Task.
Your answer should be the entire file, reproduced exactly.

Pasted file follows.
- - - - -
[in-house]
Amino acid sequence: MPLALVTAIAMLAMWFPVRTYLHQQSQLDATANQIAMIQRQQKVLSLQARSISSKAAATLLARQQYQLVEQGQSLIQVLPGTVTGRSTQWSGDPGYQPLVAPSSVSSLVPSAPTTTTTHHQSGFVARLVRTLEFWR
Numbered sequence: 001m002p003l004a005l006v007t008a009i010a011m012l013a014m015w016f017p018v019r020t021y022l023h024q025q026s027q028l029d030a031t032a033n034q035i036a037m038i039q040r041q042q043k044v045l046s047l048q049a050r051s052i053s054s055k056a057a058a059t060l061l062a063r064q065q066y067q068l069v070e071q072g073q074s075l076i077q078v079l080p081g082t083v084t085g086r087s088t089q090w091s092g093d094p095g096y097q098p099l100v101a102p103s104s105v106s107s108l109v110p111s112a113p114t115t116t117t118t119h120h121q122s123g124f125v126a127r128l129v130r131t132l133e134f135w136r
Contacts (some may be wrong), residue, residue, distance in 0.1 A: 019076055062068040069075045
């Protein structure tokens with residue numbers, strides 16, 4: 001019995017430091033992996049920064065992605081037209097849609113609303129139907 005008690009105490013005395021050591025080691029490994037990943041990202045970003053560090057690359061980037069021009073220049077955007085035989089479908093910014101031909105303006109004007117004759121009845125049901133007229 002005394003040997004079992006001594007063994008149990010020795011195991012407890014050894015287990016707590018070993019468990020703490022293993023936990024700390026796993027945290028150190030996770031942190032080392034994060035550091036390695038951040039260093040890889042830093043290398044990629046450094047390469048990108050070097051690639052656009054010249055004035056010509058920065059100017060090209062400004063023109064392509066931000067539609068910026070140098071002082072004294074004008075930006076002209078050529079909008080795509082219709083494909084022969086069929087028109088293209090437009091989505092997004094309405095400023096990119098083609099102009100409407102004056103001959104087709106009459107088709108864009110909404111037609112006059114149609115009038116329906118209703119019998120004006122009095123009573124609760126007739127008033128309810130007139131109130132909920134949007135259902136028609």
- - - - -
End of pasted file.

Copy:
[in-house]
Amino acid sequence: MPLALVTAIAMLAMWFPVRTYLHQQSQLDATANQIAMIQRQQKVLSLQARSISSKAAATLLARQQYQLVEQGQSLIQVLPGTVTGRSTQWSGDPGYQPLVAPSSVSSLVPSAPTTTTTHHQSGFVARLVRTLEFWR
Numbered sequence: 001m002p003l004a005l006v007t008a009i010a011m012l013a014m015w016f017p018v019r020t021y022l023h024q025q026s027q028l029d030a031t032a033n034q035i036a037m038i039q040r041q042q043k044v045l046s047l048q049a050r051s052i053s054s055k056a057a058a059t060l061l062a063r064q065q066y067q068l069v070e071q072g073q074s075l076i077q078v079l080p081g082t083v084t085g086r087s088t089q090w091s092g093d094p095g096y097q098p099l100v101a102p103s104s105v106s107s108l109v110p111s112a113p114t115t116t117t118t119h120h121q122s123g124f125v126a127r128l129v130r131t132l133e134f135w136r
Contacts (some may be wrong), residue, residue, distance in 0.1 A: 019076055062068040069075045
């Protein structure tokens with residue numbers, strides 16, 4: 001019995017430091033992996049920064065992605081037209097849609113609303129139907 005008690009105490013005395021050591025080691029490994037990943041990202045970003053560090057690359061980037069021009073220049077955007085035989089479908093910014101031909105303006109004007117004759121009845125049901133007229 002005394003040997004079992006001594007063994008149990010020795011195991012407890014050894015287990016707590018070993019468990020703490022293993023936990024700390026796993027945290028150190030996770031942190032080392034994060035550091036390695038951040039260093040890889042830093043290398044990629046450094047390469048990108050070097051690639052656009054010249055004035056010509058920065059100017060090209062400004063023109064392509066931000067539609068910026070140098071002082072004294074004008075930006076002209078050529079909008080795509082219709083494909084022969086069929087028109088293209090437009091989505092997004094309405095400023096990119098083609099102009100409407102004056103001959104087709106009459107088709108864009110909404111037609112006059114149609115009038116329906118209703119019998120004006122009095123009573124609760126007739127008033128309810130007139131109130132909920134949007135259902136028609």